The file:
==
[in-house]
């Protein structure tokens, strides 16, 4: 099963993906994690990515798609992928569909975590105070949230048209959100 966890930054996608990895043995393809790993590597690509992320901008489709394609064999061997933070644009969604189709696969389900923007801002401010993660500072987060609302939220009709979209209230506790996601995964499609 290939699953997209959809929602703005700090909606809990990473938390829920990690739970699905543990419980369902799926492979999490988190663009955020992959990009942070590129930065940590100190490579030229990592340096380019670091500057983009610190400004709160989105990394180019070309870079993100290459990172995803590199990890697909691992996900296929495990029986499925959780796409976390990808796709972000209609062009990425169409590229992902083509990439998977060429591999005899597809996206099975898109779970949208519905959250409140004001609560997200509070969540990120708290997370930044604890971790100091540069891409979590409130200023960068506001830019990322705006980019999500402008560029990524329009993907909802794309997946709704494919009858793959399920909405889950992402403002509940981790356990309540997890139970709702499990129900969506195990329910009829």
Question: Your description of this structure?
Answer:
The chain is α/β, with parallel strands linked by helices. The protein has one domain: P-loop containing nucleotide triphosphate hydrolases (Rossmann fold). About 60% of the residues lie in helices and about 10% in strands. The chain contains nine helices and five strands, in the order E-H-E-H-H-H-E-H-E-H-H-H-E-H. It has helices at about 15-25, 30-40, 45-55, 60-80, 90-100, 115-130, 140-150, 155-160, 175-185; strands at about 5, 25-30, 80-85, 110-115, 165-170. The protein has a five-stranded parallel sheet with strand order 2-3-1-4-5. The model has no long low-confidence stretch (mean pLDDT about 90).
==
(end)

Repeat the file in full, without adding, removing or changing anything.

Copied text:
[in-house]
């Protein structure tokens, strides 16, 4: 099963993906994690990515798609992928569909975590105070949230048209959100 966890930054996608990895043995393809790993590597690509992320901008489709394609064999061997933070644009969604189709696969389900923007801002401010993660500072987060609302939220009709979209209230506790996601995964499609 290939699953997209959809929602703005700090909606809990990473938390829920990690739970699905543990419980369902799926492979999490988190663009955020992959990009942070590129930065940590100190490579030229990592340096380019670091500057983009610190400004709160989105990394180019070309870079993100290459990172995803590199990890697909691992996900296929495990029986499925959780796409976390990808796709972000209609062009990425169409590229992902083509990439998977060429591999005899597809996206099975898109779970949208519905959250409140004001609560997200509070969540990120708290997370930044604890971790100091540069891409979590409130200023960068506001830019990322705006980019999500402008560029990524329009993907909802794309997946709704494919009858793959399920909405889950992402403002509940981790356990309540997890139970709702499990129900969506195990329910009829």
Question: Your description of this structure?
Answer:
The chain is α/β, with parallel strands linked by helices. The protein has one domain: P-loop containing nucleotide triphosphate hydrolases (Rossmann fold). About 60% of the residues lie in helices and about 10% in strands. The chain contains nine helices and five strands, in the order E-H-E-H-H-H-E-H-E-H-H-H-E-H. It has helices at about 15-25, 30-40, 45-55, 60-80, 90-100, 115-130, 140-150, 155-160, 175-185; strands at about 5, 25-30, 80-85, 110-115, 165-170. The protein has a five-stranded parallel sheet with strand order 2-3-1-4-5. The model has no long low-confidence stretch (mean pLDDT about 90).